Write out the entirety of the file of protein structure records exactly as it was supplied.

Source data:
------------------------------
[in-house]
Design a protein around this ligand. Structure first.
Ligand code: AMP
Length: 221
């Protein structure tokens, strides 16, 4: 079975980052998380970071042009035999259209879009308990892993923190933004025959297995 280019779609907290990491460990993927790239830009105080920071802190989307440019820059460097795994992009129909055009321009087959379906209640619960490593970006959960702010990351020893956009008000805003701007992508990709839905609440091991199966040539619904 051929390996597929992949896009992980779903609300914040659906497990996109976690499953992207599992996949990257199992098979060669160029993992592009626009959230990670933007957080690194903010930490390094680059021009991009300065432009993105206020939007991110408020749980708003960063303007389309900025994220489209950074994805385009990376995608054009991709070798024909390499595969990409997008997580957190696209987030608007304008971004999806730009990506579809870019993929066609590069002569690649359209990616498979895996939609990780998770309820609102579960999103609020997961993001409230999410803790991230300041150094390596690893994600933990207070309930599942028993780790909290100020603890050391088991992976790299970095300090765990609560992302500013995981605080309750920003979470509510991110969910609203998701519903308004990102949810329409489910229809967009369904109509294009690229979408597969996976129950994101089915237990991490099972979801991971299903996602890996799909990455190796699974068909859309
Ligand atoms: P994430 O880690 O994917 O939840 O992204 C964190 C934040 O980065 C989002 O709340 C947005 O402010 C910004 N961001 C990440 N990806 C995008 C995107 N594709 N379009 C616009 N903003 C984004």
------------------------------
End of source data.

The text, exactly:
[in-house]
Design a protein around this ligand. Structure first.
Ligand code: AMP
Length: 221
């Protein structure tokens, strides 16, 4: 079975980052998380970071042009035999259209879009308990892993923190933004025959297995 280019779609907290990491460990993927790239830009105080920071802190989307440019820059460097795994992009129909055009321009087959379906209640619960490593970006959960702010990351020893956009008000805003701007992508990709839905609440091991199966040539619904 051929390996597929992949896009992980779903609300914040659906497990996109976690499953992207599992996949990257199992098979060669160029993992592009626009959230990670933007957080690194903010930490390094680059021009991009300065432009993105206020939007991110408020749980708003960063303007389309900025994220489209950074994805385009990376995608054009991709070798024909390499595969990409997008997580957190696209987030608007304008971004999806730009990506579809870019993929066609590069002569690649359209990616498979895996939609990780998770309820609102579960999103609020997961993001409230999410803790991230300041150094390596690893994600933990207070309930599942028993780790909290100020603890050391088991992976790299970095300090765990609560992302500013995981605080309750920003979470509510991110969910609203998701519903308004990102949810329409489910229809967009369904109509294009690229979408597969996976129950994101089915237990991490099972979801991971299903996602890996799909990455190796699974068909859309
Ligand atoms: P994430 O880690 O994917 O939840 O992204 C964190 C934040 O980065 C989002 O709340 C947005 O402010 C910004 N961001 C990440 N990806 C995008 C995107 N594709 N379009 C616009 N903003 C984004």